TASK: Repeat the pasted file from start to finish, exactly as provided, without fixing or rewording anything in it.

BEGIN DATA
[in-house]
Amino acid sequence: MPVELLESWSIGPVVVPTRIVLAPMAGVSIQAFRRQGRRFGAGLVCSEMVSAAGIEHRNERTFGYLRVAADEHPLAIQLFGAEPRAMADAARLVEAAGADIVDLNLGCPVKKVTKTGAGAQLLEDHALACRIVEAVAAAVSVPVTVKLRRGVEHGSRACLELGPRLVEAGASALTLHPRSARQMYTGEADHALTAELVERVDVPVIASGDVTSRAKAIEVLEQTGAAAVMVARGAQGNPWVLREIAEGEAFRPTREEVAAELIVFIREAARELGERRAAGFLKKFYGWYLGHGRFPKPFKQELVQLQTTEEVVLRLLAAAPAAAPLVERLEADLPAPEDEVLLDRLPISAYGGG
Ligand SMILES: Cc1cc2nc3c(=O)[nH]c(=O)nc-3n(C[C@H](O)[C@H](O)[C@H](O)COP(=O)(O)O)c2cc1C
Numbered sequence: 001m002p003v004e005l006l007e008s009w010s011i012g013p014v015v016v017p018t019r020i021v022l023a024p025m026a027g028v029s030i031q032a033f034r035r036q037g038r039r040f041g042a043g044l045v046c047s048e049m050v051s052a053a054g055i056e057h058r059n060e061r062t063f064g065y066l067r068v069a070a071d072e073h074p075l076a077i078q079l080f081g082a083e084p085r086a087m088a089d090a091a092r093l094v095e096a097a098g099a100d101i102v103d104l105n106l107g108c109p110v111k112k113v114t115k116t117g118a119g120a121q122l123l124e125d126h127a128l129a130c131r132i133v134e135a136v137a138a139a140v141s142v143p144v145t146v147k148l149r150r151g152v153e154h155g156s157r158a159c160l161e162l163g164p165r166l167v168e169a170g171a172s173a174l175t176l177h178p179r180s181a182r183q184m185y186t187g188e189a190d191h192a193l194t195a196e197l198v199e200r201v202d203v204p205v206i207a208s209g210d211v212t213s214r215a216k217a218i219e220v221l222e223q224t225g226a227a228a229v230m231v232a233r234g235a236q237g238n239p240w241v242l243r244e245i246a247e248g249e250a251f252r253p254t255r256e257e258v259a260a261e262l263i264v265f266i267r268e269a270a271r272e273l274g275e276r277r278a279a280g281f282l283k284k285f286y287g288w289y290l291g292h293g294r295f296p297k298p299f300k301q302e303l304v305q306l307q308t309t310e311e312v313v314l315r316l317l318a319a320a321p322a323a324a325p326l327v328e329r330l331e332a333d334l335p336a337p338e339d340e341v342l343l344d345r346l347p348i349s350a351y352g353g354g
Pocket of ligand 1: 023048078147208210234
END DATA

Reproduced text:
[in-house]
Amino acid sequence: MPVELLESWSIGPVVVPTRIVLAPMAGVSIQAFRRQGRRFGAGLVCSEMVSAAGIEHRNERTFGYLRVAADEHPLAIQLFGAEPRAMADAARLVEAAGADIVDLNLGCPVKKVTKTGAGAQLLEDHALACRIVEAVAAAVSVPVTVKLRRGVEHGSRACLELGPRLVEAGASALTLHPRSARQMYTGEADHALTAELVERVDVPVIASGDVTSRAKAIEVLEQTGAAAVMVARGAQGNPWVLREIAEGEAFRPTREEVAAELIVFIREAARELGERRAAGFLKKFYGWYLGHGRFPKPFKQELVQLQTTEEVVLRLLAAAPAAAPLVERLEADLPAPEDEVLLDRLPISAYGGG
Ligand SMILES: Cc1cc2nc3c(=O)[nH]c(=O)nc-3n(C[C@H](O)[C@H](O)[C@H](O)COP(=O)(O)O)c2cc1C
Numbered sequence: 001m002p003v004e005l006l007e008s009w010s011i012g013p014v015v016v017p018t019r020i021v022l023a024p025m026a027g028v029s030i031q032a033f034r035r036q037g038r039r040f041g042a043g044l045v046c047s048e049m050v051s052a053a054g055i056e057h058r059n060e061r062t063f064g065y066l067r068v069a070a071d072e073h074p075l076a077i078q079l080f081g082a083e084p085r086a087m088a089d090a091a092r093l094v095e096a097a098g099a100d101i102v103d104l105n106l107g108c109p110v111k112k113v114t115k116t117g118a119g120a121q122l123l124e125d126h127a128l129a130c131r132i133v134e135a136v137a138a139a140v141s142v143p144v145t146v147k148l149r150r151g152v153e154h155g156s157r158a159c160l161e162l163g164p165r166l167v168e169a170g171a172s173a174l175t176l177h178p179r180s181a182r183q184m185y186t187g188e189a190d191h192a193l194t195a196e197l198v199e200r201v202d203v204p205v206i207a208s209g210d211v212t213s214r215a216k217a218i219e220v221l222e223q224t225g226a227a228a229v230m231v232a233r234g235a236q237g238n239p240w241v242l243r244e245i246a247e248g249e250a251f252r253p254t255r256e257e258v259a260a261e262l263i264v265f266i267r268e269a270a271r272e273l274g275e276r277r278a279a280g281f282l283k284k285f286y287g288w289y290l291g292h293g294r295f296p297k298p299f300k301q302e303l304v305q306l307q308t309t310e311e312v313v314l315r316l317l318a319a320a321p322a323a324a325p326l327v328e329r330l331e332a333d334l335p336a337p338e339d340e341v342l343l344d345r346l347p348i349s350a351y352g353g354g
Pocket of ligand 1: 023048078147208210234